It’s easy to see how the whole experience can be marred by a lack of enthusiasm or Kinect not working properly, but then again, making sure the conditions are right is a must with this game. This can’t be stressed enough as the biggest killer to this game is a lack of precision when things go bad simply due to Kinect now picking up the player.
The Jedi Destiny Mode offers lots of variety and interesting uses of Kinect that keep things from getting stale, although fairly short in terms of conventional gaming, some sections do tend to drag on a bit and can be tiring depending on the energy levels of the player.
Next up is the Duels of Fate mode, which we’ll talk about briefly here as its core mechanics are featured in the Jedi Destiny story. Basically it’s one versus one with very limited lateral movement. The idea is go to and fro from attack to defence moves in a see saw type presentation. The AI either attacks from one of four directions, you block or side step, then once a meter is filled you attack. At first glance this mode seems a bit dull and in comparison to the Jedi Destiny full on madness, it perhaps is. However, once you’ve learned how to flawlessly evade hits, use the force to grab inanimate objects as weapons, and take out the opponents quickly it all becomes clearer. It’s a time attack mode set against local and online leaderboards. Sadly there’s not two player option or online to have made this a bit more entertaining.
The Podracing mode is a little story unto itself and introduces players to familiar characters from the movies as you enter the fray as an unknown and work your way up the ranks. There’s a solid racer on offer here with plenty of moves, upgrades and tight controls. There’s options to tailor driving assists, and when all are off you’ve got a game which offers some compelling – yet tiring on the arms – racing. For me at least, after a few races in one session, I was done despite the brain wanting to carry on a bit more – this speaks more about my levels of fitness than anything. That said, the podracing takes place across some varies circuits, has some neat opponents and podium arm waving, and is very different to the other modes on offer, even down to how the controls work by moving left or right arms forwards and backwards to turn.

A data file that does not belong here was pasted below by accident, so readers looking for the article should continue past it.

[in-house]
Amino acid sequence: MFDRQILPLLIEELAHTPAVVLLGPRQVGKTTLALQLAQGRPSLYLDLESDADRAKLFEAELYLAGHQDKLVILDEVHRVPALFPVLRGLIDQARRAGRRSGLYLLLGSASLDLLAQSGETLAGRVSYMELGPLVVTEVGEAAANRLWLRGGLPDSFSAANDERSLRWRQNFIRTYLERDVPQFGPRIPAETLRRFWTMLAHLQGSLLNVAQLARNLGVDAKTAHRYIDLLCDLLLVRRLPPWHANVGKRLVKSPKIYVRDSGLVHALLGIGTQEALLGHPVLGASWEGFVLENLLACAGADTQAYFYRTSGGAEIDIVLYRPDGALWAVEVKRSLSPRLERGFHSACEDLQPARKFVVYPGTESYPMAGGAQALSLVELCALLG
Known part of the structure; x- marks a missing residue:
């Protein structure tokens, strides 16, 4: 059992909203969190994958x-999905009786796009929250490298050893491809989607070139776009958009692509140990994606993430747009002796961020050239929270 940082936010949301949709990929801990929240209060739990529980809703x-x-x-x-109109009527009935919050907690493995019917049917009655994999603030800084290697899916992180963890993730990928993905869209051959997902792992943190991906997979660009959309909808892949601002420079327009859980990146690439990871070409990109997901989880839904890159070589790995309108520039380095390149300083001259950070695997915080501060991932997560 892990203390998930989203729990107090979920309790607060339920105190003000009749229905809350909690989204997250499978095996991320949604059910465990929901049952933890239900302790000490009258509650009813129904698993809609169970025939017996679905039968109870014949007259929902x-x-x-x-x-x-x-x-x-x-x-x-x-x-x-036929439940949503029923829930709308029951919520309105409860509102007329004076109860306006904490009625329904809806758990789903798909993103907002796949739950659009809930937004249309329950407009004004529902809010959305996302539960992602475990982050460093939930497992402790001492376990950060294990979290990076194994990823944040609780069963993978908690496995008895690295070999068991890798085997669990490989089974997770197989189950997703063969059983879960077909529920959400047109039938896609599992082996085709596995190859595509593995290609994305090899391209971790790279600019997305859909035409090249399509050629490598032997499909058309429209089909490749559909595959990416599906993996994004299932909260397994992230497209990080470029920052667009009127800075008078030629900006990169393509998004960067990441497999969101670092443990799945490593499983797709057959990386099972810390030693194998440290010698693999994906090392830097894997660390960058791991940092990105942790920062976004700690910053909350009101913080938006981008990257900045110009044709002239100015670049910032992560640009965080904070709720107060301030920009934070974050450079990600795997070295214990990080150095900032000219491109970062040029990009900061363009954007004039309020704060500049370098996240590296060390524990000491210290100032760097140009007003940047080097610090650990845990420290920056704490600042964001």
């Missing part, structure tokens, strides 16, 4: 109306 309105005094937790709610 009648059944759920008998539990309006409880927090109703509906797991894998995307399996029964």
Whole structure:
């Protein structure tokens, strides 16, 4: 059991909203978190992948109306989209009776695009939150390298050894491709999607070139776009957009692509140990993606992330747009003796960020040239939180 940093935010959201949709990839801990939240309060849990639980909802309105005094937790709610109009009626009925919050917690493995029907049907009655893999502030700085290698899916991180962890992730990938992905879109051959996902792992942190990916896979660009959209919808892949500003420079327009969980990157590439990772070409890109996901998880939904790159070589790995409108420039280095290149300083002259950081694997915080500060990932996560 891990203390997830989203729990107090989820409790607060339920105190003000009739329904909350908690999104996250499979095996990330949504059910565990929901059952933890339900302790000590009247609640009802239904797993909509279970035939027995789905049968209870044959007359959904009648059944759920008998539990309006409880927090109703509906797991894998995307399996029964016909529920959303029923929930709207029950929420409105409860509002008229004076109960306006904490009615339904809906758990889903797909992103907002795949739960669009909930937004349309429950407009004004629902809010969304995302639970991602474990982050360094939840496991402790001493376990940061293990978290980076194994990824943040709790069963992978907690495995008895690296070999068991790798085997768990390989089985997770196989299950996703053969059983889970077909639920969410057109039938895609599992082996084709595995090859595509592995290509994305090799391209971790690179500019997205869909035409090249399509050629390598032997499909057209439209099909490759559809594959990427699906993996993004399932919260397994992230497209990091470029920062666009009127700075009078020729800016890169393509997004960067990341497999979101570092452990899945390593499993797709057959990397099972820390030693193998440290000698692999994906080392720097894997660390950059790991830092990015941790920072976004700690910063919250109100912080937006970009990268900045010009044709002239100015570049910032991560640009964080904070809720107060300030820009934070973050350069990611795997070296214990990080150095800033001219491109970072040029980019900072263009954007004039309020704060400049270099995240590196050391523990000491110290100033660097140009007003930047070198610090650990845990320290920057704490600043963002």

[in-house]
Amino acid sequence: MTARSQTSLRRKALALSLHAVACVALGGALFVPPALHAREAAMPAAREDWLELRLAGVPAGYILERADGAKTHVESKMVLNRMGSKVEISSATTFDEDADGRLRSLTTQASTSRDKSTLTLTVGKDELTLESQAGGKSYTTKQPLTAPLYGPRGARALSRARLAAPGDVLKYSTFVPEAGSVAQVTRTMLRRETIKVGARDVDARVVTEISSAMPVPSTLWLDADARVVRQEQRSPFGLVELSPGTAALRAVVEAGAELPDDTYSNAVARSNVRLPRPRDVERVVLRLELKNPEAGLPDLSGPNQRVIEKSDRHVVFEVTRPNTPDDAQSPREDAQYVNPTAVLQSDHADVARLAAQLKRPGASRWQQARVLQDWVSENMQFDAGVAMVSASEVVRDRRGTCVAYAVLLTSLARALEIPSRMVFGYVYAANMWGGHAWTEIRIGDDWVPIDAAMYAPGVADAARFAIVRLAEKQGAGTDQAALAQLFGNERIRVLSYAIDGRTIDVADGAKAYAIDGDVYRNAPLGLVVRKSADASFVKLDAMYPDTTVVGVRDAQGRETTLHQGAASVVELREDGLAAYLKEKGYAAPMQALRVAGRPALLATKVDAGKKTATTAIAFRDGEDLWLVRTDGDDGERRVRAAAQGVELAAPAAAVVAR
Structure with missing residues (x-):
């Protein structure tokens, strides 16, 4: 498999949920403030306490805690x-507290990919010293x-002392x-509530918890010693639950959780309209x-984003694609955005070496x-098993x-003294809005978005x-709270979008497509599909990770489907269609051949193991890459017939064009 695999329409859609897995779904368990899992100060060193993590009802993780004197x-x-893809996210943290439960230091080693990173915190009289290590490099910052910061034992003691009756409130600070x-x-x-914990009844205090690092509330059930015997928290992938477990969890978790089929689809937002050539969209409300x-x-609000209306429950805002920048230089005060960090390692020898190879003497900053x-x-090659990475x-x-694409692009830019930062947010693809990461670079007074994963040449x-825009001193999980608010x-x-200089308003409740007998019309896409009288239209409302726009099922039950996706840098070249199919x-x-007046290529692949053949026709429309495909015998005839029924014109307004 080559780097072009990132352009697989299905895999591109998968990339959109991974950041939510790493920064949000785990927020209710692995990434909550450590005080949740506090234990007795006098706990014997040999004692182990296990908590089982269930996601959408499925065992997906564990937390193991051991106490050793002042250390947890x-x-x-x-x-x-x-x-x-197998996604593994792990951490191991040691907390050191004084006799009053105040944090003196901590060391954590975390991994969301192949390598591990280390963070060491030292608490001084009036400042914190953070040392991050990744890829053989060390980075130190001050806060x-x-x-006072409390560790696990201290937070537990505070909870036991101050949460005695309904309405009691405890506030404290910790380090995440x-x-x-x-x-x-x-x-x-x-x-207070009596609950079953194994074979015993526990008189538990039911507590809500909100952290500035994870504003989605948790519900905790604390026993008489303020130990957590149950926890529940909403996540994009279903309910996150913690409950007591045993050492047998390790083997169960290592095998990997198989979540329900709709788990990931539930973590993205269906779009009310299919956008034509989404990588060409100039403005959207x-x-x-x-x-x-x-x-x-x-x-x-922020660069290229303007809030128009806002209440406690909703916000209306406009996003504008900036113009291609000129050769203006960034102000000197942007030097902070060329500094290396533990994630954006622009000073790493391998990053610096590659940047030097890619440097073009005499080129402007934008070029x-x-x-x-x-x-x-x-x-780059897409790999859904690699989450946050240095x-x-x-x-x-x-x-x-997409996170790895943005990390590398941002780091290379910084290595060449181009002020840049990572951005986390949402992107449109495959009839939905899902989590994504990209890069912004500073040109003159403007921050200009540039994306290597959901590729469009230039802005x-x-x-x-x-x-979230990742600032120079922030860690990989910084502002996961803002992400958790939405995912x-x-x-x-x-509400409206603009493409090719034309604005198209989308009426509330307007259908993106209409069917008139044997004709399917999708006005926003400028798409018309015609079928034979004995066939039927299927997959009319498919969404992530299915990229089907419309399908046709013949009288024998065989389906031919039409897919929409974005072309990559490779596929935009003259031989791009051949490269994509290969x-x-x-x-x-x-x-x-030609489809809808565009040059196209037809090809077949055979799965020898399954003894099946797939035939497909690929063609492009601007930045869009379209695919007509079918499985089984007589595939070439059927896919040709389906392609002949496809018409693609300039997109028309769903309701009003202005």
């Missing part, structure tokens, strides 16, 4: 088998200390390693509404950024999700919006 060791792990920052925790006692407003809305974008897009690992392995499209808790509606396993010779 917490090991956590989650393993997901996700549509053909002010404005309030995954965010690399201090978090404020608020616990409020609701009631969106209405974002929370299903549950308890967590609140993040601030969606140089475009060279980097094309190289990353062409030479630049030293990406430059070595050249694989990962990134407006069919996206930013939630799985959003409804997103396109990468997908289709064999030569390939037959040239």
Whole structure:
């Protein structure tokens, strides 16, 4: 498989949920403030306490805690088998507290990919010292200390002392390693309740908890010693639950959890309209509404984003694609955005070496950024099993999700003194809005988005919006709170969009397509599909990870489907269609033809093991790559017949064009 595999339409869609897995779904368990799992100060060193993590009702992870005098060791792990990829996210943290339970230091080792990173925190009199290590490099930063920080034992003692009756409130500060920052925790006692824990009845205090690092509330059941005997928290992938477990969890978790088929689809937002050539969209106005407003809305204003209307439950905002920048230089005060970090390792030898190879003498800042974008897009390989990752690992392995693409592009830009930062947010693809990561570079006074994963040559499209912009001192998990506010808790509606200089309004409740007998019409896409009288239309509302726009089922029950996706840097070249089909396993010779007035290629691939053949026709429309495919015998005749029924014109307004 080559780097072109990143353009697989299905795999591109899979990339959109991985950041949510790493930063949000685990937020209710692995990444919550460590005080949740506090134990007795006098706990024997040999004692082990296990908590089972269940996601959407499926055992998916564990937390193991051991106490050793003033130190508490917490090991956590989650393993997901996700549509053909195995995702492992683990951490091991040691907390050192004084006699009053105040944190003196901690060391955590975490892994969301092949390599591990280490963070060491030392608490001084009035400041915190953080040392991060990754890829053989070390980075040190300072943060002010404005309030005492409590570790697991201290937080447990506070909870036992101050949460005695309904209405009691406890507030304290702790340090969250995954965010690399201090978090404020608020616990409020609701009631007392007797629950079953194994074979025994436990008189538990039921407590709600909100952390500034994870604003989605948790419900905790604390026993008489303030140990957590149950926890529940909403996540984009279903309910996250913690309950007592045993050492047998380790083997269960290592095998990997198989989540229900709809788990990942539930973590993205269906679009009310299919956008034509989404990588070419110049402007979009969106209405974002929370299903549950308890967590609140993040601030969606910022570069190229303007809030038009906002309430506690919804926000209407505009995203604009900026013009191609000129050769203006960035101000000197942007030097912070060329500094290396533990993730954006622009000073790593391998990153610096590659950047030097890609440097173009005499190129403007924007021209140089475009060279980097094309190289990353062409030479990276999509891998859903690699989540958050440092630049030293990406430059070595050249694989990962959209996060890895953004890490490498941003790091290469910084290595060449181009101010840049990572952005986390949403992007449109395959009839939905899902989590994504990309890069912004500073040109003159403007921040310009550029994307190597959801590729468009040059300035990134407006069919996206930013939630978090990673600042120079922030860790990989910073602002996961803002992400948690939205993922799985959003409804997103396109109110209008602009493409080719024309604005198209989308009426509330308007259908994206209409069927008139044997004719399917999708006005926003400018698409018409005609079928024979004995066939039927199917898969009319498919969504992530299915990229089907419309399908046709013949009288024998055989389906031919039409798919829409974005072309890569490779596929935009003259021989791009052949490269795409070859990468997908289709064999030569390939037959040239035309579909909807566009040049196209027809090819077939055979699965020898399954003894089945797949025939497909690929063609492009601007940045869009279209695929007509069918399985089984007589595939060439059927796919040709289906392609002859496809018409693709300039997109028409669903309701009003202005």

Rancor Rampage is a fun mode which offers pure carnage against a time limit where your smashing things up like Mos Eisley and its inhabitants. Think GTA or Saints Row rampage modes and you get the idea. The Rancor can smash into buildings, slap attack and charge into things as well as jump high and squash anyone below. It’s a simplistic offering set with challenges to complete to boost ones score. The idea is to keep playing levels to upgrade and unlock more content. Sadly I found this the least responsive in terms of Kinect picking up my movements. Things like grabbing droids and people running around was difficult, and the actual movement a bit clunky. That said, for a bit of mindless action, this is definitely the mode to turn to, although once again, can get tiring after a few sessions. If you’re feeling brave, the scores can be compared to local and online leaderboards which is a nice touch.